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Doctors hopeful for new JFK son

By Alvin Spivak

BOSTON (UPI) -- President Kennedy received "some encouragement" from doctors today about the condition of his one-day-old son but the infant's breathing difficulty was still described as "serious and a cause of concern."

"But the doctors are hopeful," press secretary Pierre Salinger told reporters.

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"The baby's condition remained about the same during the night. This is a source of some encouragement to doctor, who had felt it would probably get worse during the night.

"The baby's condition would have to be described as still serious but doctors are hopeful."

Dr. Lenden Snedeker, assistant to the general director of the hospital, described the baby as having light brown hair and said "he's a lovable little monkey."

In regard to the care Patrick is being given right now, Snedeker said: "Loving tender care, medicine, oxygen, and everything else we can do to correct the symptoms."

Salinger asked about the hyoleme membrane disease said: "The situation remains exactly as it was Wednesday night."

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The president motored from the downtown hotel where he is staying to the Boston Children's Medical Center after a 10-minute drive behind a police escort.

One-day-old Patrick Bouvier Kennedy has been rushed to the specially equipped Children's Hospital Wednesday after his birth five and a half weeks ahead of time at Otis Air Force Base, Mass.

The president planned to divide his time today between the Children's Medical Center here, where his son is in a plastic-covered device which stimulates the environment of a mother's womb, and Cope Cod, with Mrs. Jacqueline Kennedy and their other two children.

Kennedy's schedule called for leaving the Ritz-Carlton Hotel, where he spent the night after a 20-minute visit with his ailing son, at 9:45 a.m. EDT for a return trip to the hospital. After seeing the child, he planned to fly by helicopter to Otis AFB to visit his wife, who was in "excellent" condition.

Then, he was to spend much of the day in Hyannis Port, Mass., with daughter Caroline, 5 1/2, and son John Jr., 2 1/2, before going back to his wife's bedside in late afternoon and flying back to Boston for another visit with his son and another overnight stay.

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The newest Kennedy was born by caesarean section at 12:52 p.m. EDT Wednesday, 38 minutes before a Jetstar transport plane with the president aboard landed at Otis AFB. Mrs. Kennedy had been whisked there by helicopter from her squaw island summer home in Hyannis Port shortly after 11:30 a.m. EDT.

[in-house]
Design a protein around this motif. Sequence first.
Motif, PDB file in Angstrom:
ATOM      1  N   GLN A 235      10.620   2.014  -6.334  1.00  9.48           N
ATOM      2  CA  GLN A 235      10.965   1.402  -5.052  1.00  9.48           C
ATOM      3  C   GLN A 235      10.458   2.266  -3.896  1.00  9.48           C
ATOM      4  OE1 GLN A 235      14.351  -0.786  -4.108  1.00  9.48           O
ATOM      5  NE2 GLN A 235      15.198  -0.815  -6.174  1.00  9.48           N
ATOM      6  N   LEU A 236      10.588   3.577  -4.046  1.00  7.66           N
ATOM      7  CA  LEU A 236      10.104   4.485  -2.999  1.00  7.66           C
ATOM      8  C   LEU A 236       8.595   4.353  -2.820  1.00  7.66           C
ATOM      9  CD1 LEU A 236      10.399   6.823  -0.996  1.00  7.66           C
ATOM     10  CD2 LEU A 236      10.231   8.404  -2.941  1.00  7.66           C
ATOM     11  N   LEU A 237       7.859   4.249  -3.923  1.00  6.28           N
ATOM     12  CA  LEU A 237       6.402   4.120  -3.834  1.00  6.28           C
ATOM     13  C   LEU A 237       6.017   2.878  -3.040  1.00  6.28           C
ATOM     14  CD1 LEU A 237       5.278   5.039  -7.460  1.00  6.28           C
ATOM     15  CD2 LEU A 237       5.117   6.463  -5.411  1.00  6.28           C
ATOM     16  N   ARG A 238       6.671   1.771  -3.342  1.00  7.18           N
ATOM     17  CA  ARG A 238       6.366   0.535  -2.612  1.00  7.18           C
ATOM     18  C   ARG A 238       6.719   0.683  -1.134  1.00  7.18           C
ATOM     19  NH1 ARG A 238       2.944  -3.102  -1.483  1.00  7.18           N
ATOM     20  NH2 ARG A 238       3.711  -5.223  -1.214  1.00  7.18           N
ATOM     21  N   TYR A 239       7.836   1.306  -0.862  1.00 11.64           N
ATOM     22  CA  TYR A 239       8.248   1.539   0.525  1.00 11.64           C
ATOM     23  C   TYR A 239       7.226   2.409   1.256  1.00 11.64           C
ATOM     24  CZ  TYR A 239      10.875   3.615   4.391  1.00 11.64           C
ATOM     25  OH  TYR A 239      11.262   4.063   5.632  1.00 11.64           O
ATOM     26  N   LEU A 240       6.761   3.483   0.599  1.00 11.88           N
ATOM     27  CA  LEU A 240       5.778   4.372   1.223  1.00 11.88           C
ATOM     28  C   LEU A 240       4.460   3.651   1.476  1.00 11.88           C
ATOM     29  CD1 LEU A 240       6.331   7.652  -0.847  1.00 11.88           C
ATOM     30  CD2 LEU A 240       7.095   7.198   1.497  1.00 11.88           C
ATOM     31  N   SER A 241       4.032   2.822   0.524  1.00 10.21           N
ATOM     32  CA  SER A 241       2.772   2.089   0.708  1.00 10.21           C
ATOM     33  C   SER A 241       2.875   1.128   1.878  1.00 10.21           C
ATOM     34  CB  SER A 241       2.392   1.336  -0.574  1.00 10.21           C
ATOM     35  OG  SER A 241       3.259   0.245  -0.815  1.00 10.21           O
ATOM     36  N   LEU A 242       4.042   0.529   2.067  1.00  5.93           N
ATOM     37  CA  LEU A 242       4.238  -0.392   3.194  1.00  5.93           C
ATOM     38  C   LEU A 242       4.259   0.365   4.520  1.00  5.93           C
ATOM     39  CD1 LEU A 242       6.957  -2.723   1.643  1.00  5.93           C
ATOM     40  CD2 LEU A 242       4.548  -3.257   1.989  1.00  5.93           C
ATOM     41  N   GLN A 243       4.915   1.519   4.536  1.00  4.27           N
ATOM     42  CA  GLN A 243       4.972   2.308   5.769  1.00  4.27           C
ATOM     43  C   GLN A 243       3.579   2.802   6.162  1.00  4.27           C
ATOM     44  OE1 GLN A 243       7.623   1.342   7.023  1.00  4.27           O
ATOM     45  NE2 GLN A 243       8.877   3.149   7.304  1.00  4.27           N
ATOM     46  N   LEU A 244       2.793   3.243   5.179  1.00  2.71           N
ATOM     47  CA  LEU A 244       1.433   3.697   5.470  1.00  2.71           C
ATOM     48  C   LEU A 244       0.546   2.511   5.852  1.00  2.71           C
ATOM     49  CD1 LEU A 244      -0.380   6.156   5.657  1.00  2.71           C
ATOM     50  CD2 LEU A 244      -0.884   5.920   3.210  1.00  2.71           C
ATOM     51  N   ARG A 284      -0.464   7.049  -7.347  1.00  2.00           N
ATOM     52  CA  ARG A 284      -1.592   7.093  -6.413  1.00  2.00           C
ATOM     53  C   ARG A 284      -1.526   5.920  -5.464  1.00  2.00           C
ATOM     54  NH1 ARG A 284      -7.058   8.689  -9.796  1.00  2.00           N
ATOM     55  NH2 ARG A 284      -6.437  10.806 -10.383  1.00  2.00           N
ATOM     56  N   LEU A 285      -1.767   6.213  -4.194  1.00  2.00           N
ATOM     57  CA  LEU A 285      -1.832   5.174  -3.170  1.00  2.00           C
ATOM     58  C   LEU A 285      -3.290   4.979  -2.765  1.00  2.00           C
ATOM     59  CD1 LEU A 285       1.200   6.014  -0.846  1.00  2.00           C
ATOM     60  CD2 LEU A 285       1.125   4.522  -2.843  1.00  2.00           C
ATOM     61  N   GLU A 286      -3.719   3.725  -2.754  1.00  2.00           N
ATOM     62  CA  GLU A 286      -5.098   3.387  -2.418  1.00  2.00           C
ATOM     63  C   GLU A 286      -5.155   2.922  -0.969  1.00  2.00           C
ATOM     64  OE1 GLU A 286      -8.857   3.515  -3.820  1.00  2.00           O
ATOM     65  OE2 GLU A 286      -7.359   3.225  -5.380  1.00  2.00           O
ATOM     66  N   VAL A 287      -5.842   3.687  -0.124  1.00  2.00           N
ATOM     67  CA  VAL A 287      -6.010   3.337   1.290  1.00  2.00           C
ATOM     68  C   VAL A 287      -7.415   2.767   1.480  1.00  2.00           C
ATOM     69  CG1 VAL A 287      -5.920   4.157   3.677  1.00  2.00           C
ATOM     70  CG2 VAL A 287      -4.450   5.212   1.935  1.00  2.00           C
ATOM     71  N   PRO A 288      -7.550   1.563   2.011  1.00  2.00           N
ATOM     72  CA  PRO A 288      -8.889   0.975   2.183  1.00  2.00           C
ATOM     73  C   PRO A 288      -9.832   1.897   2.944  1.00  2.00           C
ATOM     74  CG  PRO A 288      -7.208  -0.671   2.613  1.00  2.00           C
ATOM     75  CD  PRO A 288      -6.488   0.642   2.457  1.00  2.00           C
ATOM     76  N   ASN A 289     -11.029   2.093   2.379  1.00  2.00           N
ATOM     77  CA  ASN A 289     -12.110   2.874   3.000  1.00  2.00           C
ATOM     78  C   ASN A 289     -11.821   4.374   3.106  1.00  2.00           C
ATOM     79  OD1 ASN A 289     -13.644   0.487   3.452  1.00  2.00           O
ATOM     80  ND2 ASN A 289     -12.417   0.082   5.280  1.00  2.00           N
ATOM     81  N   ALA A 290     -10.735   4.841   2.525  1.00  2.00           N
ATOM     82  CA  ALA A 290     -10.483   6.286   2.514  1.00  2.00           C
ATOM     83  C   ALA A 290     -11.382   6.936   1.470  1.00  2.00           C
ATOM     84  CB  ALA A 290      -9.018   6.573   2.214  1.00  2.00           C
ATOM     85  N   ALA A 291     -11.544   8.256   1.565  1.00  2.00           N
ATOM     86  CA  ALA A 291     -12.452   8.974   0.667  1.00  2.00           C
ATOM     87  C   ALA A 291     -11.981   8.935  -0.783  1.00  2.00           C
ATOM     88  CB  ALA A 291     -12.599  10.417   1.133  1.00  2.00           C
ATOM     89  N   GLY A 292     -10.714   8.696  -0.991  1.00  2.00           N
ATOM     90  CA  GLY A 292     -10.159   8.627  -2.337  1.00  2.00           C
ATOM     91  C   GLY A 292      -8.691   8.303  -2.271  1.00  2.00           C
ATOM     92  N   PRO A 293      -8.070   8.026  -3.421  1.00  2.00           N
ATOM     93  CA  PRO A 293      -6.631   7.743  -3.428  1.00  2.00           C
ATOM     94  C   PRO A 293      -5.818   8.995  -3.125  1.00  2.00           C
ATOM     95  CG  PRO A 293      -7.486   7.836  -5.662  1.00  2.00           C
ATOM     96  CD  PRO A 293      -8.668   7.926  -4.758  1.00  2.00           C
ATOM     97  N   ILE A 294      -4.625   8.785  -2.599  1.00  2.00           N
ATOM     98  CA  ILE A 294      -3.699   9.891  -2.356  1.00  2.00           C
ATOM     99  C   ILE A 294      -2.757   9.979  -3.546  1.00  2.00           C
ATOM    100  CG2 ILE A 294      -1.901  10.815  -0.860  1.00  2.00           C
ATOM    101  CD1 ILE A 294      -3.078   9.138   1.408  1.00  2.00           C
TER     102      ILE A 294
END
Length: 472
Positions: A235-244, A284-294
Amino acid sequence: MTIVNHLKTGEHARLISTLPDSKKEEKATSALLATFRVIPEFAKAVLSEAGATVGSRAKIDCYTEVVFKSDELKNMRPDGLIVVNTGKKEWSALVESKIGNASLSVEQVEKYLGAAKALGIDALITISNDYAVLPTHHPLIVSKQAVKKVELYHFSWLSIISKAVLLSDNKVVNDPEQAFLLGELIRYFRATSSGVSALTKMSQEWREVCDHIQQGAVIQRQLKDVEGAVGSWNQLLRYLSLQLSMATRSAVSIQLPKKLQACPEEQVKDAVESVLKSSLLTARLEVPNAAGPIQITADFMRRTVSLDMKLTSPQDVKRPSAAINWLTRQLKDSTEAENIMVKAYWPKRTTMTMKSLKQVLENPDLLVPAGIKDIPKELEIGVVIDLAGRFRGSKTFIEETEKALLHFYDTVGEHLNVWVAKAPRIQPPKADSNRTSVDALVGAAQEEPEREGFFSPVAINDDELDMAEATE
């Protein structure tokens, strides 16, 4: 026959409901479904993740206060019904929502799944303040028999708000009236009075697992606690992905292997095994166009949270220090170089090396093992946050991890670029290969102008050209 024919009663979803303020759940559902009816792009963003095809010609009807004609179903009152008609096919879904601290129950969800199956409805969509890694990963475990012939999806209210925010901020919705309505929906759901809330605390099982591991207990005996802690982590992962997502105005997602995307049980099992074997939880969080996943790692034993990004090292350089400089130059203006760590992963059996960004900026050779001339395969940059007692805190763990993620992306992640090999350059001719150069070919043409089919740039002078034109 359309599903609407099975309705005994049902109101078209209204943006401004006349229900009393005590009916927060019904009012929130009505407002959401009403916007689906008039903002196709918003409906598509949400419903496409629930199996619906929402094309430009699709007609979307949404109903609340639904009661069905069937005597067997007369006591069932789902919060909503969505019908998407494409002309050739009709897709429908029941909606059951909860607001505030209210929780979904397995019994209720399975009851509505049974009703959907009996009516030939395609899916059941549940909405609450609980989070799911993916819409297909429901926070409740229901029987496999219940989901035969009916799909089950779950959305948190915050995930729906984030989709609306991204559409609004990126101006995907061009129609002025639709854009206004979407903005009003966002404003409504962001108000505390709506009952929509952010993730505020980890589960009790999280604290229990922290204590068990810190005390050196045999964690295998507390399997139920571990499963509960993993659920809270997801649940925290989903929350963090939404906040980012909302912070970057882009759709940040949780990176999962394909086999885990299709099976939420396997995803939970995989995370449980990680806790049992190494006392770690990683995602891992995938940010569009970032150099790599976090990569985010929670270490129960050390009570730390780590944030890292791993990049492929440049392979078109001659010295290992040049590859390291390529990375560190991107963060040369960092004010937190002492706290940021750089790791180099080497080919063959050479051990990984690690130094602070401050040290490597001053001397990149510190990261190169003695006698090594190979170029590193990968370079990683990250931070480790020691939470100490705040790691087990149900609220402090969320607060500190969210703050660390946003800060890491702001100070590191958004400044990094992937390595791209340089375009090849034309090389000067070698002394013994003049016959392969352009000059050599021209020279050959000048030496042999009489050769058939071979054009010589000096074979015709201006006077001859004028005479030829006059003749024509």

Because it was born prematurely and appeared to be having breathing problems, the child was baptized a short time after birth by the Rev. John Scahill of Portland, Maine, Catholic chaplain at Otis. He was named for Kennedy's grandfather, Patrick J., and father, Joseph Patrick, as well as for Mrs. Kennedy's father, whose surname was Bouvier.

Father Scahill said the newborn child looked "like Winston Churchill," adding that all newborns have that look.

He told an interview that the newest member of the Kennedy clan looked like a healthy infant despite the respiratory ailment.

White House press secretary Pierre Salinger told reporters in Boston Wednesday night that the infant, in a private room on the fifth floor of the Children's Medical Center, was suffering from an "idiopathic respiratory distress syndrome."

"In laymen's language, this is a respiratory problem which causes a problem in breathing," Salinger said. "It is not uncommon ... in premature children."

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Later Salinger told United Press International that while it is not uncommon "it is still a cause for concern."

He said the baby was "in an isolette, a device which attempts to create an environment like a mother's womb." The electrically powered machine helps breathing by regulating humidity, oxygen, and heat in what amounts to a super-designed incubator.

"The baby was taken out of the isolette for a brief period and X-rayed," Salinger reported. "He is also receiving medication, a type of which I do not have a description, to make him breathe easier."

Salinger said that in these cases "it takes approximately four days for this situation to develop in such a way that the doctors can make a final diagnosis."

"Is it on the danger list?" a reporter asked.

"I would not say that," Salinger replied. "Nobody that I talked to has."

Salinger said the baby presumably will be in Boston for at least four days, during which time Mrs. Kennedy will stay at Otis in the quarters refurbished for her in case of an emergency such as the one that developed Wednesday.

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